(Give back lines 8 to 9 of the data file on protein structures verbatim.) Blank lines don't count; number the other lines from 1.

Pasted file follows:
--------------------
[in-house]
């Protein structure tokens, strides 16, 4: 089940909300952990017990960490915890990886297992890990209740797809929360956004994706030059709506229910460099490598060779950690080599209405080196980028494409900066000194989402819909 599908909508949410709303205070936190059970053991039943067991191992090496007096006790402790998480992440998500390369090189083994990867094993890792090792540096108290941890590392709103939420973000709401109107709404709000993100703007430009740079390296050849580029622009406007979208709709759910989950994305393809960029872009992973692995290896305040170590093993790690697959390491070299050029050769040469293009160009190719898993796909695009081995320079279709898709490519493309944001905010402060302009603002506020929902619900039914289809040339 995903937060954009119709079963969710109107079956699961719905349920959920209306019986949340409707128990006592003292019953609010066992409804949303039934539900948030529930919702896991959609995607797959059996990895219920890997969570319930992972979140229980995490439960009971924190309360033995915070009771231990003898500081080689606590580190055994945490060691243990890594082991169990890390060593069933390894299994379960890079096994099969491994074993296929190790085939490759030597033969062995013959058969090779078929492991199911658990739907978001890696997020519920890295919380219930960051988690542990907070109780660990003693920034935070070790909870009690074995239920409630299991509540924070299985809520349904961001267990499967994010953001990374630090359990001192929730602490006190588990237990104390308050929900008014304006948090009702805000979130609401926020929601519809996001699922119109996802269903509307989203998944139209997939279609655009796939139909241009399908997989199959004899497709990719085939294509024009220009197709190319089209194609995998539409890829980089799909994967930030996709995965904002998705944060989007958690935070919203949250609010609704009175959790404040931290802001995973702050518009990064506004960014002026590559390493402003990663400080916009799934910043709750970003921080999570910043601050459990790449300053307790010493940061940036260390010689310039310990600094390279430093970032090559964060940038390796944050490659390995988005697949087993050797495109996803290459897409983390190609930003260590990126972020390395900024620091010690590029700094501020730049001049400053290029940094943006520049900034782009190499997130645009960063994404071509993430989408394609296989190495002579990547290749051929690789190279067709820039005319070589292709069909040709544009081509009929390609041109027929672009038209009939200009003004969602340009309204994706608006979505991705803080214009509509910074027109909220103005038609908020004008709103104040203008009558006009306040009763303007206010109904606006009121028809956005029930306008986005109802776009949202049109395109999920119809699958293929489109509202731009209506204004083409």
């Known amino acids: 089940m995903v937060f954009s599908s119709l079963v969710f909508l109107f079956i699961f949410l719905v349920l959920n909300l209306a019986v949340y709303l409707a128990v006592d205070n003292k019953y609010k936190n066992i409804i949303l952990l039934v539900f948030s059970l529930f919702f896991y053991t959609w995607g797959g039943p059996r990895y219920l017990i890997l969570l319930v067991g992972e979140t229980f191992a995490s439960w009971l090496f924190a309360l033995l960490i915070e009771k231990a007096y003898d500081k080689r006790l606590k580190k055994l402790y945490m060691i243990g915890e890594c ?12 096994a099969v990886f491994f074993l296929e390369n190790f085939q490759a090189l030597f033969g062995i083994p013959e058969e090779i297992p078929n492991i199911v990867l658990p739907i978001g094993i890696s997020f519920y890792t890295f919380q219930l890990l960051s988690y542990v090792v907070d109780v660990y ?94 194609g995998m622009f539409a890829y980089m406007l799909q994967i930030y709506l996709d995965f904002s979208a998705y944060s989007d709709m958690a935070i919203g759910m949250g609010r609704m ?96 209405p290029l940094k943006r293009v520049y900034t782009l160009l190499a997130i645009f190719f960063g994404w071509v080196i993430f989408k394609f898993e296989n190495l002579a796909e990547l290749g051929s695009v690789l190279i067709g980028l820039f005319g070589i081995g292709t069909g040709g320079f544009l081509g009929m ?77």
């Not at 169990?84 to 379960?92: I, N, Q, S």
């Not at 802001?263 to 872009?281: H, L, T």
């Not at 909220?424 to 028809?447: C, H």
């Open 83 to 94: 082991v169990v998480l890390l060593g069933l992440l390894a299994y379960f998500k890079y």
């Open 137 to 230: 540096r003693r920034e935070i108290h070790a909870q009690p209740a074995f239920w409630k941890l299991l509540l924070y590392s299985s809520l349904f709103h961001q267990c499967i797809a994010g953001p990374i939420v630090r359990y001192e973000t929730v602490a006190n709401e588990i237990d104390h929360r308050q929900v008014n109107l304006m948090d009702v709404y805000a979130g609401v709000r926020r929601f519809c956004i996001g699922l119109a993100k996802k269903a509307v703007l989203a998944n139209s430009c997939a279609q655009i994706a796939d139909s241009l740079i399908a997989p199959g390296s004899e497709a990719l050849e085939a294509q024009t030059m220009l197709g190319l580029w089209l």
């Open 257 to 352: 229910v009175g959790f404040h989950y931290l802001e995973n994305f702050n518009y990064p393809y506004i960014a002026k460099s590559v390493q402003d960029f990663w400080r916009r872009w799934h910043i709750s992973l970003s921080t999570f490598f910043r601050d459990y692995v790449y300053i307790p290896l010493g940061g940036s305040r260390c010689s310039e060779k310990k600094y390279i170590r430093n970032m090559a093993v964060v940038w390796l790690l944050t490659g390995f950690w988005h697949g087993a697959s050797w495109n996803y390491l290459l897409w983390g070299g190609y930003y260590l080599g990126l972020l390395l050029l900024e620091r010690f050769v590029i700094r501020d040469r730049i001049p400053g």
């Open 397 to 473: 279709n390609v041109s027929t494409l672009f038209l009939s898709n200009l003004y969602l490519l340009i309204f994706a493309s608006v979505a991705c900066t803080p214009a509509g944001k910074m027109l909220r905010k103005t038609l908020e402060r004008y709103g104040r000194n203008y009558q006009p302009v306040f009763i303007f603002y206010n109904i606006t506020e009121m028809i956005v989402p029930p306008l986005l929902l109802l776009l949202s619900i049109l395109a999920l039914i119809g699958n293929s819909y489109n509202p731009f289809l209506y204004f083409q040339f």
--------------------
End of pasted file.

């Open 137 to 230: 540096r003693r920034e935070i108290h070790a909870q009690p209740a074995f239920w409630k941890l299991l509540l924070y590392s299985s809520l349904f709103h961001q267990c499967i797809a994010g953001p990374i939420v630090r359990y001192e973000t929730v602490a006190n709401e588990i237990d104390h929360r308050q929900v008014n109107l304006m948090d009702v709404y805000a979130g609401v709000r926020r929601f519809c956004i996001g699922l119109a993100k996802k269903a509307v703007l989203a998944n139209s430009c997939a279609q655009i994706a796939d139909s241009l740079i399908a997989p199959g390296s004899e497709a990719l050849e085939a294509q024009t030059m220009l197709g190319l580029w089209l």
């Open 257 to 352: 229910v009175g959790f404040h989950y931290l802001e995973n994305f702050n518009y990064p393809y506004i960014a002026k460099s590559v390493q402003d960029f990663w400080r916009r872009w799934h910043i709750s992973l970003s921080t999570f490598f910043r601050d459990y692995v790449y300053i307790p290896l010493g940061g940036s305040r260390c010689s310039e060779k310990k600094y390279i170590r430093n970032m090559a093993v964060v940038w390796l790690l944050t490659g390995f950690w988005h697949g087993a697959s050797w495109n996803y390491l290459l897409w983390g070299g190609y930003y260590l080599g990126l972020l390395l050029l900024e620091r010690f050769v590029i700094r501020d040469r730049i001049p400053g």